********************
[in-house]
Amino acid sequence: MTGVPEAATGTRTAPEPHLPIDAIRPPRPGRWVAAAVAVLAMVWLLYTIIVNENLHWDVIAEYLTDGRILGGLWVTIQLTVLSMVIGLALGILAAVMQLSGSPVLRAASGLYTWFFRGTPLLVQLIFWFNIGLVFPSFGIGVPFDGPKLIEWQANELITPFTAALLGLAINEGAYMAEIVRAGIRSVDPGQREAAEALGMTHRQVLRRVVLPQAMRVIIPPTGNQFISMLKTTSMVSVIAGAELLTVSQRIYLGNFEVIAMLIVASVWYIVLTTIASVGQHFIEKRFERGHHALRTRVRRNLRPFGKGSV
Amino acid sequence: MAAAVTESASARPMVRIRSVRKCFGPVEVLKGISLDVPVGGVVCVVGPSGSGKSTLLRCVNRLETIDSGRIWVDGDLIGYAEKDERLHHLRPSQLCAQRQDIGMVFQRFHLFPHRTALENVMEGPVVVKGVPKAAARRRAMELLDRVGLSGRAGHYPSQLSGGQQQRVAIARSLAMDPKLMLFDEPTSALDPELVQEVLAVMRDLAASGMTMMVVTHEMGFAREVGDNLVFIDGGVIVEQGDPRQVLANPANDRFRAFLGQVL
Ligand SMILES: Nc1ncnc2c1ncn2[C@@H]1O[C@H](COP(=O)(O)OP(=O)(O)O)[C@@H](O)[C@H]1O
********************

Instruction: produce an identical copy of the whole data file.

[in-house]
Amino acid sequence: MTGVPEAATGTRTAPEPHLPIDAIRPPRPGRWVAAAVAVLAMVWLLYTIIVNENLHWDVIAEYLTDGRILGGLWVTIQLTVLSMVIGLALGILAAVMQLSGSPVLRAASGLYTWFFRGTPLLVQLIFWFNIGLVFPSFGIGVPFDGPKLIEWQANELITPFTAALLGLAINEGAYMAEIVRAGIRSVDPGQREAAEALGMTHRQVLRRVVLPQAMRVIIPPTGNQFISMLKTTSMVSVIAGAELLTVSQRIYLGNFEVIAMLIVASVWYIVLTTIASVGQHFIEKRFERGHHALRTRVRRNLRPFGKGSV
Amino acid sequence: MAAAVTESASARPMVRIRSVRKCFGPVEVLKGISLDVPVGGVVCVVGPSGSGKSTLLRCVNRLETIDSGRIWVDGDLIGYAEKDERLHHLRPSQLCAQRQDIGMVFQRFHLFPHRTALENVMEGPVVVKGVPKAAARRRAMELLDRVGLSGRAGHYPSQLSGGQQQRVAIARSLAMDPKLMLFDEPTSALDPELVQEVLAVMRDLAASGMTMMVVTHEMGFAREVGDNLVFIDGGVIVEQGDPRQVLANPANDRFRAFLGQVL
Ligand SMILES: Nc1ncnc2c1ncn2[C@@H]1O[C@H](COP(=O)(O)OP(=O)(O)O)[C@@H](O)[C@H]1O